The Beatles released a surprise album on iTunes this morning. Titled The Beatles Bootleg Recordings 1963, the album consists of 59 recordings that the band made during the recording of their first two albums, Please Please Me and With The Beatles.
The album’s release came with very little fanfare or press, which has led some people to speculate the real reason why these recordings were made available. For their part, Rolling Stone speculates that the release could be a way for the band and their label to hold onto the rights of the recordings. European copywright laws state that rights holders can hold on to their work for 70 years if it’s officially released. Artists such as Bob Dylan and the Beach Boys have taken advantage of this law.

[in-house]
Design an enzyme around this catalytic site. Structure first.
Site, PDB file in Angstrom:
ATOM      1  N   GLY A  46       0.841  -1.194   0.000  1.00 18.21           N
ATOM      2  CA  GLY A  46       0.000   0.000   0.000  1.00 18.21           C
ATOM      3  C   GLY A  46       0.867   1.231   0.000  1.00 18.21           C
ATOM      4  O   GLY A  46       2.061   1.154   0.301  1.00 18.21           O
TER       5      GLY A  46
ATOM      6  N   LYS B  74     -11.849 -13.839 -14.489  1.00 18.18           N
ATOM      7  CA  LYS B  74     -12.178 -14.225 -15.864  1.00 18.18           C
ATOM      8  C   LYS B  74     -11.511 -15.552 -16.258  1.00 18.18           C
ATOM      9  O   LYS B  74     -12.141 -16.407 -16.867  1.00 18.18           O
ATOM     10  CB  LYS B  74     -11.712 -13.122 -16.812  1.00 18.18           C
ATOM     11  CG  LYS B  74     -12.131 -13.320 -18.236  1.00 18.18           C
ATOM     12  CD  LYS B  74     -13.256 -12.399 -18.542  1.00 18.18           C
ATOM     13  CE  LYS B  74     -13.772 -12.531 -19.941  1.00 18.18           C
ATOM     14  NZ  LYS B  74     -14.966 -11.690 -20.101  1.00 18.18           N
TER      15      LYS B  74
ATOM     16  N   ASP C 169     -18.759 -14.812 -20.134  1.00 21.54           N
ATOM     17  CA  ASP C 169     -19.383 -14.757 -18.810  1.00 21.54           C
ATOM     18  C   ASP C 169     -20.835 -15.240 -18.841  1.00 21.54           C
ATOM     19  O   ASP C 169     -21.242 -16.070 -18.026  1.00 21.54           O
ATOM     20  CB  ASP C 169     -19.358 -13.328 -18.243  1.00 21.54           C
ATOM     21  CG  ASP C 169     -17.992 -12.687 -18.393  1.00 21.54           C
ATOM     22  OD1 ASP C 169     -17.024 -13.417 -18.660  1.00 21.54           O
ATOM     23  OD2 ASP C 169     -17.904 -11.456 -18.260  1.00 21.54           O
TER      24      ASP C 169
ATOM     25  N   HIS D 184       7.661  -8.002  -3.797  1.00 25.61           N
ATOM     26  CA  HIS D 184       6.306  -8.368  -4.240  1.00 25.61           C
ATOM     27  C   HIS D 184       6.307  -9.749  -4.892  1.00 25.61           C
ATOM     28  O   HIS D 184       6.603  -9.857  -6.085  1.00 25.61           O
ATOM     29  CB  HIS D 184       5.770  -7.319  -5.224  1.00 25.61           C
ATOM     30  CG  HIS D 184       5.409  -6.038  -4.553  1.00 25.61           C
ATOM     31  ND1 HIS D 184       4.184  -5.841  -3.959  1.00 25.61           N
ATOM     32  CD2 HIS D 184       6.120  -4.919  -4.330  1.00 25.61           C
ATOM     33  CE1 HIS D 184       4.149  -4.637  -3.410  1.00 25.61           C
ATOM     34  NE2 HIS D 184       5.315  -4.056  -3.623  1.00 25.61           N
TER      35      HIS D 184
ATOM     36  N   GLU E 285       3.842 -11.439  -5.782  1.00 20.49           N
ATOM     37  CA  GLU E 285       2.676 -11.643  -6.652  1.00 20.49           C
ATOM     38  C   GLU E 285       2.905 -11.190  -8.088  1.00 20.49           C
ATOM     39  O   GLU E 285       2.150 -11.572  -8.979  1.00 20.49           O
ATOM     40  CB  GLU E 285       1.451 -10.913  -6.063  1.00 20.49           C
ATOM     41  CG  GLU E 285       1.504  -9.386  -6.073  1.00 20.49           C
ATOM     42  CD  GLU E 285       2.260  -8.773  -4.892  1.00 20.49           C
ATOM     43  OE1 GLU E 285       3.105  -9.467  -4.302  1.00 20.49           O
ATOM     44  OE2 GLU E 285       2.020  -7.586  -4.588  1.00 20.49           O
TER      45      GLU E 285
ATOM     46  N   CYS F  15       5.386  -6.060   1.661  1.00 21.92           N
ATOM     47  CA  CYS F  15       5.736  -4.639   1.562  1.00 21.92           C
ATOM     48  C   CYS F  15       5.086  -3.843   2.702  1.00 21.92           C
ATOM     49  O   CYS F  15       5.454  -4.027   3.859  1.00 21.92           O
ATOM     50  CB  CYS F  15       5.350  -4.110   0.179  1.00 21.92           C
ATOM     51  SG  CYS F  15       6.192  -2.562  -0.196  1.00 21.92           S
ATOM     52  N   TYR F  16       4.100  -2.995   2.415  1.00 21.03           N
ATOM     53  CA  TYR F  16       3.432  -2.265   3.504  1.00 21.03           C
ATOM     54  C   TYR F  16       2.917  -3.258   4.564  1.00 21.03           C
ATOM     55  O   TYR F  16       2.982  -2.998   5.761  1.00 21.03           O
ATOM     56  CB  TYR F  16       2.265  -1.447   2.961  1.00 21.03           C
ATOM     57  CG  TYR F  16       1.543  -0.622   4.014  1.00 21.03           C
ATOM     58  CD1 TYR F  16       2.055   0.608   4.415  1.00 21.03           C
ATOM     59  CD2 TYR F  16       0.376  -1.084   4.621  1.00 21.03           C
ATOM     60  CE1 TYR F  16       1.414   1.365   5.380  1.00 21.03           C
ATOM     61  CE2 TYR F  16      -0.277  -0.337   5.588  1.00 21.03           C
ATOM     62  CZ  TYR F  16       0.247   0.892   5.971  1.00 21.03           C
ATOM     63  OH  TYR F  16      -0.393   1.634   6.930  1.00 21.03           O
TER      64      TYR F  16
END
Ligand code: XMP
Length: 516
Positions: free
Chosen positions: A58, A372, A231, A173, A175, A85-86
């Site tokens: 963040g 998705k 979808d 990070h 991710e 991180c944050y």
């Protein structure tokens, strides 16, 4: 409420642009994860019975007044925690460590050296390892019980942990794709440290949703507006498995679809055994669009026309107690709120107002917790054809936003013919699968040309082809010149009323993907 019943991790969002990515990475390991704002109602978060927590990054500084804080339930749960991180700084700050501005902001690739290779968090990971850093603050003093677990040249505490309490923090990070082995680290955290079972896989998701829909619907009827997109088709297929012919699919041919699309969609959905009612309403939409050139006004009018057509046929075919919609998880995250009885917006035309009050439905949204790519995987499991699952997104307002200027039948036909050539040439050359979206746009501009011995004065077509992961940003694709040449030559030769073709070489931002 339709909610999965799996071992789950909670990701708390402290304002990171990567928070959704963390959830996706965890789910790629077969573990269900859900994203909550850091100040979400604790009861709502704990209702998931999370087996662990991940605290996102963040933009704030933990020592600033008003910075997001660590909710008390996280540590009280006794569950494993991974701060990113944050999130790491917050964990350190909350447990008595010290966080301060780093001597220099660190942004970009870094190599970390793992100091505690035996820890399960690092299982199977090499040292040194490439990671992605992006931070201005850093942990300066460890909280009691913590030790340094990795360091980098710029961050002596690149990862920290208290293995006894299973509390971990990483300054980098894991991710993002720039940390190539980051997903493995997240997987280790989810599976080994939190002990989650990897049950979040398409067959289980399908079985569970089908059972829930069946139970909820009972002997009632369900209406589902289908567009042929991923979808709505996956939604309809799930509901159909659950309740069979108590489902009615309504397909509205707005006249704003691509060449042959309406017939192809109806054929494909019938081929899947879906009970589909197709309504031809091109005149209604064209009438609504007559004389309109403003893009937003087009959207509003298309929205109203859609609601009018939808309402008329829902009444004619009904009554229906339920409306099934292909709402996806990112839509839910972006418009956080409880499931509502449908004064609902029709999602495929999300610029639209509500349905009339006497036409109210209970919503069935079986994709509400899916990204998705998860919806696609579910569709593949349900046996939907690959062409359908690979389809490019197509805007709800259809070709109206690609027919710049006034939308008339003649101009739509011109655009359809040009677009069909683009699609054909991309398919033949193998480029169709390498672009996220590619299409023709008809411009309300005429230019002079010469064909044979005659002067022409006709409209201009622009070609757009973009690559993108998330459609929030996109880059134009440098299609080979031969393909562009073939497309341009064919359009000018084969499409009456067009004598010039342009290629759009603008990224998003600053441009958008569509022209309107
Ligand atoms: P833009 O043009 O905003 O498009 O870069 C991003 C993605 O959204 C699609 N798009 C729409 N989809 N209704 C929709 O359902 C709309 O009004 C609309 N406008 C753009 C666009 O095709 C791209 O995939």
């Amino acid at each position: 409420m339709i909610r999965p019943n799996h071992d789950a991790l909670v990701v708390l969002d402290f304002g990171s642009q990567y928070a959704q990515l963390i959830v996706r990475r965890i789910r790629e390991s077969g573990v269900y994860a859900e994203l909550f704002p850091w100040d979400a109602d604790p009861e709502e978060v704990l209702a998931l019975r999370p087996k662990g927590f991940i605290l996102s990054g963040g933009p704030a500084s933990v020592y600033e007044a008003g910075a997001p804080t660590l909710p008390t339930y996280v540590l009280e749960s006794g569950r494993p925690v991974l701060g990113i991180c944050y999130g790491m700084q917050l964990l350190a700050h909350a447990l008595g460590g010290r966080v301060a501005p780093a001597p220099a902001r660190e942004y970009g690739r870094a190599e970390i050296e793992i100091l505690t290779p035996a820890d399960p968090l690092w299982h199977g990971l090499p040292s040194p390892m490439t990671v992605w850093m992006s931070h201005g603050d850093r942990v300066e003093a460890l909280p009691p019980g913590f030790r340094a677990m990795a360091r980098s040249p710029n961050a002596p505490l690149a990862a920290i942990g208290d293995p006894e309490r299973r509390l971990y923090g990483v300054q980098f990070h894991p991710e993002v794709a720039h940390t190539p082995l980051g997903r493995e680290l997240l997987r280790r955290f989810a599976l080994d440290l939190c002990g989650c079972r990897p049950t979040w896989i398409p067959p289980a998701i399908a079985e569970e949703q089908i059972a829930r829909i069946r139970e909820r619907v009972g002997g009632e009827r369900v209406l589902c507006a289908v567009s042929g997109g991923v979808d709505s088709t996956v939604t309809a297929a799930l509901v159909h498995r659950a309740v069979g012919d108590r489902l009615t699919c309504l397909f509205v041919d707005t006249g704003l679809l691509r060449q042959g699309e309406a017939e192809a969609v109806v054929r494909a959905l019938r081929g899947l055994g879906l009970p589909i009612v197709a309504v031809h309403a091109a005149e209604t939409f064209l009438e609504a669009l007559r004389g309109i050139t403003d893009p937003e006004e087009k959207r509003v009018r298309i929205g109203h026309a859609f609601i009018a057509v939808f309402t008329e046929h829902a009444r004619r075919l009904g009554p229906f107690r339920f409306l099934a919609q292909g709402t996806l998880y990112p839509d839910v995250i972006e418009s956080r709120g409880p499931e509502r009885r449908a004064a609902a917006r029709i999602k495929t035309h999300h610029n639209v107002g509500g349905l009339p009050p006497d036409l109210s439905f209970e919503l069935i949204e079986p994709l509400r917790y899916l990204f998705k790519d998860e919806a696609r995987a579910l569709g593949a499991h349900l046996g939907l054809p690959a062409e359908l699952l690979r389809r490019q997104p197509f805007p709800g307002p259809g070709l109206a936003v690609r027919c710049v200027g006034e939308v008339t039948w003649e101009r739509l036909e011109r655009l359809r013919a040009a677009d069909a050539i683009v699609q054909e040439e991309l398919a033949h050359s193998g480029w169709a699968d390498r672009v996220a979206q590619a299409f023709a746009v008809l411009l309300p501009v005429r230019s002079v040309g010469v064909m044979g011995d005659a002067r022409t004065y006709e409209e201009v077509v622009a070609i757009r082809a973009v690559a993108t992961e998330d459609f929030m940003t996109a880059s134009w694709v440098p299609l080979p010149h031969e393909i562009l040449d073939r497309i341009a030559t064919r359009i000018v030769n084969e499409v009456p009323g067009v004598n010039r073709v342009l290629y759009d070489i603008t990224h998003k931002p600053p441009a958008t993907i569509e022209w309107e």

The collection contains several studio outtakes of the band’s early years and a healthy collection of outtakes from their BBC radio appearances. An early version of “One After 909” – a song the band later revisited on Let It Be – is included in the set, as are covers of songs like “The Hippy Hippy Shake” that never saw official release in any form before.